The Fractal Prince by Hannu Rajaniemi (Books 2016, 6)

I enjoyed it, but I didn’t really understand it.

I’m sure I should have more to say about it than that, but really, that sums it up quite neatly.

But to try to go a bit deeper… The solar system is populated by various species or clans of posthumans, transhumans, AIs, uploaded minds, whatever. Earth is unrecognisable, though some people — seemingly fairly close to basic-human, though it’s hard to judge, with so many strangenesses — still live there.

In some ways the biggest problems with this book, and its predecessor The Quantum Thief, which I read a few years ago, is the sheer number of new or repurposed words. None of these is ever explained: you have to gain an understanding of them from context, working it out as you go along. This is a perfectly fine and valid method of storytelling, but here it all just gets a bit too much.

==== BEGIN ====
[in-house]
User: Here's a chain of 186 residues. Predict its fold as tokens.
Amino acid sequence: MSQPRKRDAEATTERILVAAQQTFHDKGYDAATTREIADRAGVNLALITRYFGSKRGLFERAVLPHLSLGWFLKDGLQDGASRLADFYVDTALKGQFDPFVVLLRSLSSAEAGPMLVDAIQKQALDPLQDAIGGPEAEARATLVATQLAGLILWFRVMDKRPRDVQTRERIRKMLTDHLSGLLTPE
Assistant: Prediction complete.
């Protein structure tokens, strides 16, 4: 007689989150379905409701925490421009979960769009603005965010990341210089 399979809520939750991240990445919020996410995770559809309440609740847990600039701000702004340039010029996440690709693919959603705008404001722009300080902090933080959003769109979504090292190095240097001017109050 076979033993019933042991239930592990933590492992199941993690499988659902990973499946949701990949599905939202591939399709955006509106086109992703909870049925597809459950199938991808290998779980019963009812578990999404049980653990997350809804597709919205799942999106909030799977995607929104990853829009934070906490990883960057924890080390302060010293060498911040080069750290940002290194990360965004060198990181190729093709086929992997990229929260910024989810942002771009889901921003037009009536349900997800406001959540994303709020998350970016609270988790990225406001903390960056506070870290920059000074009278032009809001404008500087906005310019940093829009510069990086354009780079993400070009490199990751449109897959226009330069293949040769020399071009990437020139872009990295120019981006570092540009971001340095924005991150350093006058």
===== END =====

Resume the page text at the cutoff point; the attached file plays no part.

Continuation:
Maybe it’s my fault for the way I read the book: in disjointed fragments and sections, over weeks. Perhaps if I had read it in a more concentrated fashion, its meanings would have unwrapped themselves for me more easily, more thoroughly.

But at the same time, it’s the storyteller’s job to tell their story in a way that allows the reader to grasp it, to understand it. If he reader has difficulty with that, then it’s not the reader’s fault. It’s the storyteller’s.

And yet, and yet, I enjoyed it, I finished it, I think i’l probably read the third in the trilogy, which I believe is a thing. Eventually, after some time has passed on this one,

And I’ll probably have just as much trouble with that one when the time comes.

The Fractal Prince by Hannu Rajaniemi (Books 2016, 6)

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